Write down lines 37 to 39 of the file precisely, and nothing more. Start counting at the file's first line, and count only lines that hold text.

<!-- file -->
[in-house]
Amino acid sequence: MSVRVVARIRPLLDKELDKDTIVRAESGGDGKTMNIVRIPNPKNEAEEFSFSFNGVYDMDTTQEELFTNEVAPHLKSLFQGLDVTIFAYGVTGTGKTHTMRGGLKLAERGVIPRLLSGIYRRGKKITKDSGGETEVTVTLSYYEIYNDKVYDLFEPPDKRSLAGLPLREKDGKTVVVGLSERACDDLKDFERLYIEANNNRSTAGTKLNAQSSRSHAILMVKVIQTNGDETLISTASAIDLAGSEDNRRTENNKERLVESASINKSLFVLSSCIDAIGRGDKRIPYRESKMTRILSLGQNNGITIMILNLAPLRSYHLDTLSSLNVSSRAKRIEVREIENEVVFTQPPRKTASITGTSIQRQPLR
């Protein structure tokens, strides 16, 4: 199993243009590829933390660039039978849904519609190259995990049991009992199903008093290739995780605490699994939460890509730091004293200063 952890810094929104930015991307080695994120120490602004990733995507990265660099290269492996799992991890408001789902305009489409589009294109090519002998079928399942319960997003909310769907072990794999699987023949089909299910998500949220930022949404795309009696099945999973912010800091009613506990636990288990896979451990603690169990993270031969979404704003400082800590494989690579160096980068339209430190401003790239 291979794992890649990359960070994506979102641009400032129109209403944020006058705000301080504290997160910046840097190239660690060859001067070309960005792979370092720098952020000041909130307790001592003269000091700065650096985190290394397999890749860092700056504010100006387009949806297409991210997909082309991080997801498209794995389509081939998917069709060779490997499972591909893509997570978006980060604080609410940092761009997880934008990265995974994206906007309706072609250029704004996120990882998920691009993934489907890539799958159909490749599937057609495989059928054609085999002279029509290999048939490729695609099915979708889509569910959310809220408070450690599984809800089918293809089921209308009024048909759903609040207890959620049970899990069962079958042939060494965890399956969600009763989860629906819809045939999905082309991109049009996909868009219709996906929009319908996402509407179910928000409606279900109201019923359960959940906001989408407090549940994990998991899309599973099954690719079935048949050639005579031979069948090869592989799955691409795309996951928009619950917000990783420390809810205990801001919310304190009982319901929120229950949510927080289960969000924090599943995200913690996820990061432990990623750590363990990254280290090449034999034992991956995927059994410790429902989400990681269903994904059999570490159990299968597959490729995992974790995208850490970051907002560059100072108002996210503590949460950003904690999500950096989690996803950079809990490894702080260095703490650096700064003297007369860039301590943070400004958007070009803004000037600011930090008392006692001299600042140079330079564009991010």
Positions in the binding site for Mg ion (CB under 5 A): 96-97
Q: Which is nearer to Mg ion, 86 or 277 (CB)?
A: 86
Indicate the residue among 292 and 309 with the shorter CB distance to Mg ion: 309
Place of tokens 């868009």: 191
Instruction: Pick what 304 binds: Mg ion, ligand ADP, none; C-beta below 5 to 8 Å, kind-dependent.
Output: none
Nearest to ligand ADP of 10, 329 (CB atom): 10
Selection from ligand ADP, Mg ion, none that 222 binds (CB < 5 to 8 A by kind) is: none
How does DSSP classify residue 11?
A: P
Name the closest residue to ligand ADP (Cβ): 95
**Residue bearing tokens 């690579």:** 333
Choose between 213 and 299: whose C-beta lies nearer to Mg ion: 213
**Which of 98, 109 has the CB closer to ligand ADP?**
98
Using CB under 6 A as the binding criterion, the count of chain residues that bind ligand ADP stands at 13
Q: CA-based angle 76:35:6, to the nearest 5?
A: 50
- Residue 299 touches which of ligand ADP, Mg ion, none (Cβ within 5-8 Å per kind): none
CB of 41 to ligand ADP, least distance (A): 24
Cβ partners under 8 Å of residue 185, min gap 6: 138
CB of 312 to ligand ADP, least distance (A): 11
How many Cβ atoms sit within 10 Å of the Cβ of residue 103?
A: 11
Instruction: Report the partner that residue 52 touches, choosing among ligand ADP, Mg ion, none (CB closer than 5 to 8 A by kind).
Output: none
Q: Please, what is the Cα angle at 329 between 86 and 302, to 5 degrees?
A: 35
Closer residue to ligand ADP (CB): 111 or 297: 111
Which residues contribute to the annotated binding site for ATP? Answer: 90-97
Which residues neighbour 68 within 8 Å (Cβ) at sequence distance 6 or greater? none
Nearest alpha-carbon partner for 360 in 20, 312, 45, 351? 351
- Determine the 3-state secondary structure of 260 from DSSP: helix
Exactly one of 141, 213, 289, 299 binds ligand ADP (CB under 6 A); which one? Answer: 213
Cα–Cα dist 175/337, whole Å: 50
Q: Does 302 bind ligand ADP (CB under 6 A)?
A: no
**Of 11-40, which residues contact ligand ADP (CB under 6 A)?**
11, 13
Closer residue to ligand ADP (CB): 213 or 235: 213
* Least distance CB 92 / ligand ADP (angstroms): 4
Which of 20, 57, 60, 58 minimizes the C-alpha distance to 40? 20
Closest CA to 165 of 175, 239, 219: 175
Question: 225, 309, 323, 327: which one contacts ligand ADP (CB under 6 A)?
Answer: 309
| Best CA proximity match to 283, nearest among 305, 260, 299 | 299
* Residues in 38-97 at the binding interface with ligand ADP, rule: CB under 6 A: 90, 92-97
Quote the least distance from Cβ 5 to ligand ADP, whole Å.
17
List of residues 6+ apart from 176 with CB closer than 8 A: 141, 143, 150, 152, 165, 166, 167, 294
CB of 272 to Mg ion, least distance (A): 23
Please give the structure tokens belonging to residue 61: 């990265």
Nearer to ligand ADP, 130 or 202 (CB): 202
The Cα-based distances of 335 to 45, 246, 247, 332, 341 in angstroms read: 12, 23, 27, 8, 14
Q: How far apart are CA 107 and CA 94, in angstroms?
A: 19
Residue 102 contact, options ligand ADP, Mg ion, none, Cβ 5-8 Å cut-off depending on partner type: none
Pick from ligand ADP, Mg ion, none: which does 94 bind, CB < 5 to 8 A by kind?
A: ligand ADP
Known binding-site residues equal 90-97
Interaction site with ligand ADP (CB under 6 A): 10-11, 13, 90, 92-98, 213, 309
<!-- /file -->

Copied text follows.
- Determine the 3-state secondary structure of 260 from DSSP: helix
Exactly one of 141, 213, 289, 299 binds ligand ADP (CB under 6 A); which one? Answer: 213
Cα–Cα dist 175/337, whole Å: 50